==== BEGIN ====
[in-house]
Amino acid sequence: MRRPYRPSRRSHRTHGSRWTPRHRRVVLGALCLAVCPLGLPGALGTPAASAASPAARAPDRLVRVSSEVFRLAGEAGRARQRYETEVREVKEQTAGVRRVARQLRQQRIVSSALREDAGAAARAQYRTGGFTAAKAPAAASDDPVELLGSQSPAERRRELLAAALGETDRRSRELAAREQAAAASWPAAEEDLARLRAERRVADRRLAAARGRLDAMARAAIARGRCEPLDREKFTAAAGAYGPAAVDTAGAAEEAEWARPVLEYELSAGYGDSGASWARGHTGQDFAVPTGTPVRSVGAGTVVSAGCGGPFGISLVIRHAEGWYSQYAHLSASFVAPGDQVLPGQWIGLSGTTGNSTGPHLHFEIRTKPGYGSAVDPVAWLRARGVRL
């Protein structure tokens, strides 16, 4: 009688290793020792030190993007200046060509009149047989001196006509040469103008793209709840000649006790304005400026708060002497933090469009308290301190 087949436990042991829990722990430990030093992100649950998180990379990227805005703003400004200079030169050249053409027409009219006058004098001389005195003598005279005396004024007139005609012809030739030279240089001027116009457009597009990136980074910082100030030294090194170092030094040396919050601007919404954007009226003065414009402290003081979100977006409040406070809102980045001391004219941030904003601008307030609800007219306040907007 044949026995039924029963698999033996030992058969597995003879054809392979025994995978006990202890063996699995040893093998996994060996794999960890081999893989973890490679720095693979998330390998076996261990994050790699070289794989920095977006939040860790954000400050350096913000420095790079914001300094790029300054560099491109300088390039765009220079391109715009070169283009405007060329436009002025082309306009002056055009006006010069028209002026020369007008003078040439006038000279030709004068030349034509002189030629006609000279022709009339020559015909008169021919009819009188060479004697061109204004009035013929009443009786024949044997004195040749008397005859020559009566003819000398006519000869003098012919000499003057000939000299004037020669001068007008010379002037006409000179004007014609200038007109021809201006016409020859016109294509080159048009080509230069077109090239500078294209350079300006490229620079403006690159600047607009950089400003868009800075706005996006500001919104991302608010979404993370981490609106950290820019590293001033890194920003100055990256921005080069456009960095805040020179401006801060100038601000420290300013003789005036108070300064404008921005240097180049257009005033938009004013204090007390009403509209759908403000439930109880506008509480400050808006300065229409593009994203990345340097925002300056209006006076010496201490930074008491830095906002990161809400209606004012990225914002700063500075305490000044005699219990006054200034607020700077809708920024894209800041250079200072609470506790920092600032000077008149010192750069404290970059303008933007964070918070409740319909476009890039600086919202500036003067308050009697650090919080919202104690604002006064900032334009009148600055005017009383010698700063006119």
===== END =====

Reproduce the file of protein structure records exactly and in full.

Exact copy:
[in-house]
Amino acid sequence: MRRPYRPSRRSHRTHGSRWTPRHRRVVLGALCLAVCPLGLPGALGTPAASAASPAARAPDRLVRVSSEVFRLAGEAGRARQRYETEVREVKEQTAGVRRVARQLRQQRIVSSALREDAGAAARAQYRTGGFTAAKAPAAASDDPVELLGSQSPAERRRELLAAALGETDRRSRELAAREQAAAASWPAAEEDLARLRAERRVADRRLAAARGRLDAMARAAIARGRCEPLDREKFTAAAGAYGPAAVDTAGAAEEAEWARPVLEYELSAGYGDSGASWARGHTGQDFAVPTGTPVRSVGAGTVVSAGCGGPFGISLVIRHAEGWYSQYAHLSASFVAPGDQVLPGQWIGLSGTTGNSTGPHLHFEIRTKPGYGSAVDPVAWLRARGVRL
């Protein structure tokens, strides 16, 4: 009688290793020792030190993007200046060509009149047989001196006509040469103008793209709840000649006790304005400026708060002497933090469009308290301190 087949436990042991829990722990430990030093992100649950998180990379990227805005703003400004200079030169050249053409027409009219006058004098001389005195003598005279005396004024007139005609012809030739030279240089001027116009457009597009990136980074910082100030030294090194170092030094040396919050601007919404954007009226003065414009402290003081979100977006409040406070809102980045001391004219941030904003601008307030609800007219306040907007 044949026995039924029963698999033996030992058969597995003879054809392979025994995978006990202890063996699995040893093998996994060996794999960890081999893989973890490679720095693979998330390998076996261990994050790699070289794989920095977006939040860790954000400050350096913000420095790079914001300094790029300054560099491109300088390039765009220079391109715009070169283009405007060329436009002025082309306009002056055009006006010069028209002026020369007008003078040439006038000279030709004068030349034509002189030629006609000279022709009339020559015909008169021919009819009188060479004697061109204004009035013929009443009786024949044997004195040749008397005859020559009566003819000398006519000869003098012919000499003057000939000299004037020669001068007008010379002037006409000179004007014609200038007109021809201006016409020859016109294509080159048009080509230069077109090239500078294209350079300006490229620079403006690159600047607009950089400003868009800075706005996006500001919104991302608010979404993370981490609106950290820019590293001033890194920003100055990256921005080069456009960095805040020179401006801060100038601000420290300013003789005036108070300064404008921005240097180049257009005033938009004013204090007390009403509209759908403000439930109880506008509480400050808006300065229409593009994203990345340097925002300056209006006076010496201490930074008491830095906002990161809400209606004012990225914002700063500075305490000044005699219990006054200034607020700077809708920024894209800041250079200072609470506790920092600032000077008149010192750069404290970059303008933007964070918070409740319909476009890039600086919202500036003067308050009697650090919080919202104690604002006064900032334009009148600055005017009383010698700063006119």